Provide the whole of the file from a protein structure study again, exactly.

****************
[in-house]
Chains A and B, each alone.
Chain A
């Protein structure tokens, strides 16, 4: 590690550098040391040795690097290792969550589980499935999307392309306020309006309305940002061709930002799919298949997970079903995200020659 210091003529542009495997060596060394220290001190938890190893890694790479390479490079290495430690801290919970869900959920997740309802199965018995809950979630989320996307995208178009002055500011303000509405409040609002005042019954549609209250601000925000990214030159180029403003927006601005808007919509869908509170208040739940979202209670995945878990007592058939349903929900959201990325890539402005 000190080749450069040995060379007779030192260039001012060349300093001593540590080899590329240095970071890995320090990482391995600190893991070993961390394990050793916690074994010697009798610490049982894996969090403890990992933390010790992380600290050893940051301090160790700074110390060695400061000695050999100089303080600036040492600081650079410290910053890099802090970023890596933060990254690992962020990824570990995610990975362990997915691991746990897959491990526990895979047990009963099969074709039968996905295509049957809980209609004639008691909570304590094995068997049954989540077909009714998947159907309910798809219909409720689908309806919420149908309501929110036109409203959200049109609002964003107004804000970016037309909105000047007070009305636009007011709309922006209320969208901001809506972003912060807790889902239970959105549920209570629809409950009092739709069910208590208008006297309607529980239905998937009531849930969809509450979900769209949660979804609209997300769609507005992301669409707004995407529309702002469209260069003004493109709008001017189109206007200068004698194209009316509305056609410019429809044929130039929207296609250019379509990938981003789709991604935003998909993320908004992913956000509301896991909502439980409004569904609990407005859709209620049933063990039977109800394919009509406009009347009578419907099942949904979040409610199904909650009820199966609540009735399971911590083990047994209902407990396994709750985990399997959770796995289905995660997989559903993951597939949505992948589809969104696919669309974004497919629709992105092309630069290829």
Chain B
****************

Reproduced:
[in-house]
Chains A and B, each alone.
Chain A
């Protein structure tokens, strides 16, 4: 590690550098040391040795690097290792969550589980499935999307392309306020309006309305940002061709930002799919298949997970079903995200020659 210091003529542009495997060596060394220290001190938890190893890694790479390479490079290495430690801290919970869900959920997740309802199965018995809950979630989320996307995208178009002055500011303000509405409040609002005042019954549609209250601000925000990214030159180029403003927006601005808007919509869908509170208040739940979202209670995945878990007592058939349903929900959201990325890539402005 000190080749450069040995060379007779030192260039001012060349300093001593540590080899590329240095970071890995320090990482391995600190893991070993961390394990050793916690074994010697009798610490049982894996969090403890990992933390010790992380600290050893940051301090160790700074110390060695400061000695050999100089303080600036040492600081650079410290910053890099802090970023890596933060990254690992962020990824570990995610990975362990997915691991746990897959491990526990895979047990009963099969074709039968996905295509049957809980209609004639008691909570304590094995068997049954989540077909009714998947159907309910798809219909409720689908309806919420149908309501929110036109409203959200049109609002964003107004804000970016037309909105000047007070009305636009007011709309922006209320969208901001809506972003912060807790889902239970959105549920209570629809409950009092739709069910208590208008006297309607529980239905998937009531849930969809509450979900769209949660979804609209997300769609507005992301669409707004995407529309702002469209260069003004493109709008001017189109206007200068004698194209009316509305056609410019429809044929130039929207296609250019379509990938981003789709991604935003998909993320908004992913956000509301896991909502439980409004569904609990407005859709209620049933063990039977109800394919009509406009009347009578419907099942949904979040409610199904909650009820199966609540009735399971911590083990047994209902407990396994709750985990399997959770796995289905995660997989559903993951597939949505992948589809969104696919669309974004497919629709992105092309630069290829």
Chain B